Rust, Software Development

Rust Ownership is Easy! Don’t Panic!

The Ownership concept in Rust is easy to grasp! Wait until you get to Rust lifetimes! When we talk about ownership in Rust, we generally mean – a variable owns a value. Seemingly nothing special, right? But the unique part about this concept is that Rust only allows one owner for a value at a time in your application codes. As we assign this value, we move the value, changing the owner.

So, how does Rust enforce this one-value-one-owner? Nope, not at runtime. Rust enforces ownership via the Rust compiler. The compiler does the checks to ensure a value has only one owner, and codes do not refer to the previous owners (if any).

Rust Ownership Rules

Now, we know that the Rust compiler enforces this one-value-one-owner. But that is not the whole story. These are the ownership rules that we programmers must bear in mind.

  1. Each value in Rust has an owner, which is usually a variable.
  2. There is only one owner of the value at a time.
  3. When the variable (owner) goes out of scope, the value goes away and is no longer available (or accessible) unless the value changes owner beforehand.

How are you holding up to this point? No sweat, right? Okay, let’s summarize.

Rust ownership is about one-value-one-owner at a time! Furthermore, it has three rules for enforcement that we must bear in mind. Finally, the compiler generally enforces these rules.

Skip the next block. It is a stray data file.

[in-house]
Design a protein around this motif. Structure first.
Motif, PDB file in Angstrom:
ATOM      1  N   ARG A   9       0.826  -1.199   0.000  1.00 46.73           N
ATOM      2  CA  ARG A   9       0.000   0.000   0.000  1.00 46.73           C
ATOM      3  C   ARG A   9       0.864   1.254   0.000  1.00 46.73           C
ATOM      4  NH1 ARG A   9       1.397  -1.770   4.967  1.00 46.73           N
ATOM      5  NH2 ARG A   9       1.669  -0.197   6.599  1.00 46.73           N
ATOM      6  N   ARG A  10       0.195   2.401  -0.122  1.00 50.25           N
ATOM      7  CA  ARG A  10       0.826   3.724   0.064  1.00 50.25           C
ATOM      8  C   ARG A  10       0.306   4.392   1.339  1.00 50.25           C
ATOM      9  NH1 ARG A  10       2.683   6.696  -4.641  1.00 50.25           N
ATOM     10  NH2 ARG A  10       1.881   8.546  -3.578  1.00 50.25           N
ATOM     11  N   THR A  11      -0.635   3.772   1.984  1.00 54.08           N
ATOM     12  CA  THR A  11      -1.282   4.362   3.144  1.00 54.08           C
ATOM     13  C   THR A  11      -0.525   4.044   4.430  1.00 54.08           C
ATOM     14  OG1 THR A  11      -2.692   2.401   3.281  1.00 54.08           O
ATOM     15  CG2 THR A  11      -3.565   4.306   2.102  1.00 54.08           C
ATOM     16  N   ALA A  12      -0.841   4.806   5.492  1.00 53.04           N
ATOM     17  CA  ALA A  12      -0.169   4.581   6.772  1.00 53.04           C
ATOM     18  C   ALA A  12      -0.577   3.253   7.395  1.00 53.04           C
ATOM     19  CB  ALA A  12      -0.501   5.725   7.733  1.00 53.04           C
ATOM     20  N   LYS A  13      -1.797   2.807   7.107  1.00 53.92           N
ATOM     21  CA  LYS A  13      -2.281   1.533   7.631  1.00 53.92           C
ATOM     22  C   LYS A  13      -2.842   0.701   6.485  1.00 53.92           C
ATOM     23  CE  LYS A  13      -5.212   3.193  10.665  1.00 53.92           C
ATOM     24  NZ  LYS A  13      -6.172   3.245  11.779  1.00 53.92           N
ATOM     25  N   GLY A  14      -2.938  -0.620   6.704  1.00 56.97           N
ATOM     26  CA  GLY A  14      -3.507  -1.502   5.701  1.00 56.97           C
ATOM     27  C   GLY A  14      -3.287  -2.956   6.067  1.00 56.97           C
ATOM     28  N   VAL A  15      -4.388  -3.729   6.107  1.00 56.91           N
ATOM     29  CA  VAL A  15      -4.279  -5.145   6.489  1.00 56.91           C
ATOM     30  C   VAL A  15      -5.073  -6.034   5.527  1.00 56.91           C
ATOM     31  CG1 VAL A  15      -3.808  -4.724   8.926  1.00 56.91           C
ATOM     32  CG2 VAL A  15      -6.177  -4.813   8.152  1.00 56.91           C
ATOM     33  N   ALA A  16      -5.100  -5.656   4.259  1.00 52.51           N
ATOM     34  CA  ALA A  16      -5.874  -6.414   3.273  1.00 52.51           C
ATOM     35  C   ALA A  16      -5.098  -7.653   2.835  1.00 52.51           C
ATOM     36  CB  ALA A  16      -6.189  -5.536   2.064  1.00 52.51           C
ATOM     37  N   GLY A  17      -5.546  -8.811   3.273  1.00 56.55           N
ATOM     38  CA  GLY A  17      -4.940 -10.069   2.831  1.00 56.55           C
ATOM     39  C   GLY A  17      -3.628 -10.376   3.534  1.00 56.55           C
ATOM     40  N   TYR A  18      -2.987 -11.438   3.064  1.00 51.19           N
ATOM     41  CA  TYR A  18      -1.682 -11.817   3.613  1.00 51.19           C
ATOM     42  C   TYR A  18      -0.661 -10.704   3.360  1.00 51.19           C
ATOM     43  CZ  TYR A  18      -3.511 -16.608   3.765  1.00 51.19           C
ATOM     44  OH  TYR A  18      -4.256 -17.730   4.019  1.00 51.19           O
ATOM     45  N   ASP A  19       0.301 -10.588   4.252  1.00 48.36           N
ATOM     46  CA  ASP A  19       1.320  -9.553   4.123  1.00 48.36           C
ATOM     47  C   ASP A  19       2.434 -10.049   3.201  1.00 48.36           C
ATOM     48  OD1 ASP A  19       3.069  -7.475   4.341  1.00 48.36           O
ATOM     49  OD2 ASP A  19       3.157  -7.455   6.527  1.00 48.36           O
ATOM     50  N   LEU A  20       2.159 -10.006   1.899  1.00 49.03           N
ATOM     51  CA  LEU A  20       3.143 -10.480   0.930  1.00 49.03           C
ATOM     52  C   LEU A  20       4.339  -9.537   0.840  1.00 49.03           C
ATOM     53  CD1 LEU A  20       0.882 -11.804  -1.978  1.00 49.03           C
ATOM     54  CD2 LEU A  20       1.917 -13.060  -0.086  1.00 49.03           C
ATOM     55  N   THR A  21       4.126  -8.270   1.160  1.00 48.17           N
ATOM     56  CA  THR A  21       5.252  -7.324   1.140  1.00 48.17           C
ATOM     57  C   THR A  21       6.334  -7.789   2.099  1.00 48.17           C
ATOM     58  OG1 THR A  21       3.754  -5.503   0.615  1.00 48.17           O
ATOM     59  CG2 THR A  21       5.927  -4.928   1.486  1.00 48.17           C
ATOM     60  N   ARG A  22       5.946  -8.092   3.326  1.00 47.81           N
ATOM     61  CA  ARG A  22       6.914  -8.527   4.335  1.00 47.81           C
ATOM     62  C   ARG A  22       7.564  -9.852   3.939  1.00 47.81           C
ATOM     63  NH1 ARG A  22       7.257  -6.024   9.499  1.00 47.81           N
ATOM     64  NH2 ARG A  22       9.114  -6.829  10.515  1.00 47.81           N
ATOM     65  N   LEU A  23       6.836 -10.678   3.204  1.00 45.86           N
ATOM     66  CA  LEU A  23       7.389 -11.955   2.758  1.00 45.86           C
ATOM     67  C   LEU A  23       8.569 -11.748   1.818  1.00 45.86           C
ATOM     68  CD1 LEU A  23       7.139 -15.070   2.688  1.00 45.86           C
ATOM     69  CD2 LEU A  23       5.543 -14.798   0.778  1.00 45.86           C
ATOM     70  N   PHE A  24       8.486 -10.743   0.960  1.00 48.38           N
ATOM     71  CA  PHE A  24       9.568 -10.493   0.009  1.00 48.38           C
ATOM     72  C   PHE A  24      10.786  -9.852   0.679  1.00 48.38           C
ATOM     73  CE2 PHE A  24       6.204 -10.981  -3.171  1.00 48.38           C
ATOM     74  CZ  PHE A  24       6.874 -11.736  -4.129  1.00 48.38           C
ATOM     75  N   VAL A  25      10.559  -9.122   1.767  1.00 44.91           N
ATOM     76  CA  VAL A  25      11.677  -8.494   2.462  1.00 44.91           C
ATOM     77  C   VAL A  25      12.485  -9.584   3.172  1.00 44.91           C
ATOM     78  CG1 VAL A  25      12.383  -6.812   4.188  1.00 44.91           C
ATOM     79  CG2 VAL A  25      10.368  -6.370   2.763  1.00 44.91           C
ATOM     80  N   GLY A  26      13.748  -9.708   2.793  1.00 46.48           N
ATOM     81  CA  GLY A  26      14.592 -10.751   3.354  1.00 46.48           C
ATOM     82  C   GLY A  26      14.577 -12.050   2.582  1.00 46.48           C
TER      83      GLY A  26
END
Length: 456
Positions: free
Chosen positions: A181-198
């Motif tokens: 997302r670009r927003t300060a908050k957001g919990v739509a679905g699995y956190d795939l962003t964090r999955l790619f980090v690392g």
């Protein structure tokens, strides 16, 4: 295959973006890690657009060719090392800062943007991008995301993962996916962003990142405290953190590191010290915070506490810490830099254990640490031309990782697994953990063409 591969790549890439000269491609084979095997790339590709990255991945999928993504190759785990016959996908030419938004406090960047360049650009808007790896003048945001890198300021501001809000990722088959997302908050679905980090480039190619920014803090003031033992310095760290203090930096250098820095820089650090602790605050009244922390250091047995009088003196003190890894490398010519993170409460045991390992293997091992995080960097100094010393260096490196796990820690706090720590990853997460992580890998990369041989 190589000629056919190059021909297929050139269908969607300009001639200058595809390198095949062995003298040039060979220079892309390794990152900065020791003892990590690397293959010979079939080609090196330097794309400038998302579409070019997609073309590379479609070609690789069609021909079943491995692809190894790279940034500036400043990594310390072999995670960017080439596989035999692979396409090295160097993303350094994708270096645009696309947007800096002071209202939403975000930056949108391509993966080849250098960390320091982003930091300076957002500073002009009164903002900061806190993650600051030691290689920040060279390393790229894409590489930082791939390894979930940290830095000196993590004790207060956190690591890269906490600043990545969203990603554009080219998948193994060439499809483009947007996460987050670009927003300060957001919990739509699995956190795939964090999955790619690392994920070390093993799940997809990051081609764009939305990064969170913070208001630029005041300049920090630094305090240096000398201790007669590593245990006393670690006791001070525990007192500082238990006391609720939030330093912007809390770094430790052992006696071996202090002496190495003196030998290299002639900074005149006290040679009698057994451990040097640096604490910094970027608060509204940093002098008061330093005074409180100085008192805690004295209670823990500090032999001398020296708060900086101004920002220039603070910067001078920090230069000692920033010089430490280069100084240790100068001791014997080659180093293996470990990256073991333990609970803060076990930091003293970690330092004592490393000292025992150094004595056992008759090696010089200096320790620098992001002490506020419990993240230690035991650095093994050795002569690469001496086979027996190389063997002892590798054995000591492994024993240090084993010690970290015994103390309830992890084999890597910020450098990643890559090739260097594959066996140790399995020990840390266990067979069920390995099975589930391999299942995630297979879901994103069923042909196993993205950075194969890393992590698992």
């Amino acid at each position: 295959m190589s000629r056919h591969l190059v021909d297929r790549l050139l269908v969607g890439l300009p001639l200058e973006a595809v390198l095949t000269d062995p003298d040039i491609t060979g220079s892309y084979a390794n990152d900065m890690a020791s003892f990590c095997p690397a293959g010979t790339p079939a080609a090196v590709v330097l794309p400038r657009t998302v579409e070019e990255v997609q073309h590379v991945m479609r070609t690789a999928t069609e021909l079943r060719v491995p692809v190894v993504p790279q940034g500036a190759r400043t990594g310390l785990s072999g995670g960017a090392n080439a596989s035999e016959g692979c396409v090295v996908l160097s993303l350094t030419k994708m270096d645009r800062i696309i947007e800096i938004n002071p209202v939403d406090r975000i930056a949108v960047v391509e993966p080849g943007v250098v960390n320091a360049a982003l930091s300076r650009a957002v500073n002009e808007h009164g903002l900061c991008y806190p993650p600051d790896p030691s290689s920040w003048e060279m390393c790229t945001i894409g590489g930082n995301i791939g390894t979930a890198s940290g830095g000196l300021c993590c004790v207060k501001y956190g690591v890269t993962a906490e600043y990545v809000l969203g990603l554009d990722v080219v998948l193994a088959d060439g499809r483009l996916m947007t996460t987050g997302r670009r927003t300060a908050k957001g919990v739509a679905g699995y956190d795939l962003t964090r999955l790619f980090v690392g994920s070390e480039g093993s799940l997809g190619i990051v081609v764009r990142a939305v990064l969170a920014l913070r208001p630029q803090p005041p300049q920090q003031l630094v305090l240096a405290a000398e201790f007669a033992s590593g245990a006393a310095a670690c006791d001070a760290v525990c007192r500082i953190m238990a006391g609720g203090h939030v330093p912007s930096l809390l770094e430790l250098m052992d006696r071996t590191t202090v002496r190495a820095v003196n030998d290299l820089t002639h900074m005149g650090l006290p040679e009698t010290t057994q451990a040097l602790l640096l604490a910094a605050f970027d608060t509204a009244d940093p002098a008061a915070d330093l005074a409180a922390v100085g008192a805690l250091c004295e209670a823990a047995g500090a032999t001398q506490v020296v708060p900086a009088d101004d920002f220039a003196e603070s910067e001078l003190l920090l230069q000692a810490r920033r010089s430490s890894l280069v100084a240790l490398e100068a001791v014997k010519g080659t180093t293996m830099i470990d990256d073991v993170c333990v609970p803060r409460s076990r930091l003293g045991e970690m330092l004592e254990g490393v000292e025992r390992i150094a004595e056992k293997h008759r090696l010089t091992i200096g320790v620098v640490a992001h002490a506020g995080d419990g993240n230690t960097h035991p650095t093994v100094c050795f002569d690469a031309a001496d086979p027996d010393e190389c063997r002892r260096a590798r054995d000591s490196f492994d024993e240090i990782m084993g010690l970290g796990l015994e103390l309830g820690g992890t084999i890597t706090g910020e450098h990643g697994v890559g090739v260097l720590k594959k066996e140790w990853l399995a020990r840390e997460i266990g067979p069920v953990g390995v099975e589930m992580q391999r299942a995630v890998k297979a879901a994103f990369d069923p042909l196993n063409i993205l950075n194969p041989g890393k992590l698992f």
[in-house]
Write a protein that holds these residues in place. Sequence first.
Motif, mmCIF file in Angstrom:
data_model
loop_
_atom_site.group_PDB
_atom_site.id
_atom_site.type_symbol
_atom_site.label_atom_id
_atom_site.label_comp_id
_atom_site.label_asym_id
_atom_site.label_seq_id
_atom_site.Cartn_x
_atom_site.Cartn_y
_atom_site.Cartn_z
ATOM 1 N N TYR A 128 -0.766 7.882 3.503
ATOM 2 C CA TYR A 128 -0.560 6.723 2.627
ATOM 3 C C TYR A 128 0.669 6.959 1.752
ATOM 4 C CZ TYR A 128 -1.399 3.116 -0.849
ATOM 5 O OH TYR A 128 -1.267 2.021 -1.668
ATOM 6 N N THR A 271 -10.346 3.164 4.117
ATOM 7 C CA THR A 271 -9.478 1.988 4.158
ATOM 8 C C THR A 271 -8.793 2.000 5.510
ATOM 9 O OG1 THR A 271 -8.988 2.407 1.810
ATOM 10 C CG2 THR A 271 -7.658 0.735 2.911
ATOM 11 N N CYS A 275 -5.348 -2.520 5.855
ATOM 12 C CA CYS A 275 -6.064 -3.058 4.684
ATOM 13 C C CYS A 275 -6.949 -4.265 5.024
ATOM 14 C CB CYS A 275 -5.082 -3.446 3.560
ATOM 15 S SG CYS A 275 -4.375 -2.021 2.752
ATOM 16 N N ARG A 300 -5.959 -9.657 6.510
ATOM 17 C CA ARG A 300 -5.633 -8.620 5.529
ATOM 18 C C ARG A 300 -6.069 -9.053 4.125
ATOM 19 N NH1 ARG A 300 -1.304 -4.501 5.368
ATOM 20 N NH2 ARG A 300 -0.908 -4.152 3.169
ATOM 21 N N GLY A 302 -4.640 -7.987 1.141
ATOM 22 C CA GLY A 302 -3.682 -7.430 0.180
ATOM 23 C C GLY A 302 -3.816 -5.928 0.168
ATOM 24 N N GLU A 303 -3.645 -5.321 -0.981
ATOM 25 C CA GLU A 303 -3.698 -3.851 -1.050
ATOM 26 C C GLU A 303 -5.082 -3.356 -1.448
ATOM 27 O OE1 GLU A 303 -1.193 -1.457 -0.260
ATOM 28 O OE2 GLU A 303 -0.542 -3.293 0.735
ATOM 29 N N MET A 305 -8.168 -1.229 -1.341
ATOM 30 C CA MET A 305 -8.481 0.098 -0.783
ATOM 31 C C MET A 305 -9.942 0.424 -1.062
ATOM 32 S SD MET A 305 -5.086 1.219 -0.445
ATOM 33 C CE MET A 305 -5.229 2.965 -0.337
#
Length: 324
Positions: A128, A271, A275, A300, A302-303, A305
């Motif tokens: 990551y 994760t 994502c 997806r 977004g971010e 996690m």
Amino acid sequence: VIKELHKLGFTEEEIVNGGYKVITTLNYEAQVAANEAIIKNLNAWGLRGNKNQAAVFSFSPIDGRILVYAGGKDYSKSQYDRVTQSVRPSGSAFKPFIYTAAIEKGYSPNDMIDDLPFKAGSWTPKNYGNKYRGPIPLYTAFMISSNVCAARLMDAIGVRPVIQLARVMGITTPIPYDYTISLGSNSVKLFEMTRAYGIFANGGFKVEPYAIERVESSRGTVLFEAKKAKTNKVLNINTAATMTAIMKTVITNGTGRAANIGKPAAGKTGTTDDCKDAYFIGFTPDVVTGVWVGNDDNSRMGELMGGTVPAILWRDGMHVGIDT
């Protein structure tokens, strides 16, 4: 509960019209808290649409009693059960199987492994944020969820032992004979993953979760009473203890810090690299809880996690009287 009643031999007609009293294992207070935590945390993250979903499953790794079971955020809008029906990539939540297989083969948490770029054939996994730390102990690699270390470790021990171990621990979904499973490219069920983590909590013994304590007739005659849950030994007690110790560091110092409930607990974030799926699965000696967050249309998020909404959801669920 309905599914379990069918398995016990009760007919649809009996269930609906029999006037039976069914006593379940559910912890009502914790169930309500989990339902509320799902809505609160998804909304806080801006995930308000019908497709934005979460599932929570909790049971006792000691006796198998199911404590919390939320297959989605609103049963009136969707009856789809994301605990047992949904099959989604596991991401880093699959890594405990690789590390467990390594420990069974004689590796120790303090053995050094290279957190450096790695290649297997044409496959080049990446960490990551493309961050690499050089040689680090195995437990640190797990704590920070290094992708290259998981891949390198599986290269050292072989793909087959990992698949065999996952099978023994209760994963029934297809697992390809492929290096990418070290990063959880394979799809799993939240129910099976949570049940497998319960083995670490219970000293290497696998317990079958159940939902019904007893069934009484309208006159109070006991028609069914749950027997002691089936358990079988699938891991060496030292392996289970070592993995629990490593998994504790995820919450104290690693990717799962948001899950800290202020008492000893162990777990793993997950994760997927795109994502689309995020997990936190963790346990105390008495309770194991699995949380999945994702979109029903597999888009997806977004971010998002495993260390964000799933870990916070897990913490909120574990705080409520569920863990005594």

Rust References

References are generally variables. They refer to values! The post What Are References In Rust And How To Use Them? will give you more insight into Rust, references, and ownership. Read on.

Learn Ownership by doing

It isn’t easy to retain something we learned when we don’t use it! Learn ownership by doing – declare and use variables in Rust.

Rust Ownership – Move a Value,  Change The Owner

By default, when we move a value between variables, we move the value between different owners. Copying a value and assigning it to another variable does not change the original data owner. In this case, we are creating a new value with its sole owner. Here is an example of “moving a value” on the post – Things You Need To Know About Strings When Learning Rust.

Still confused?

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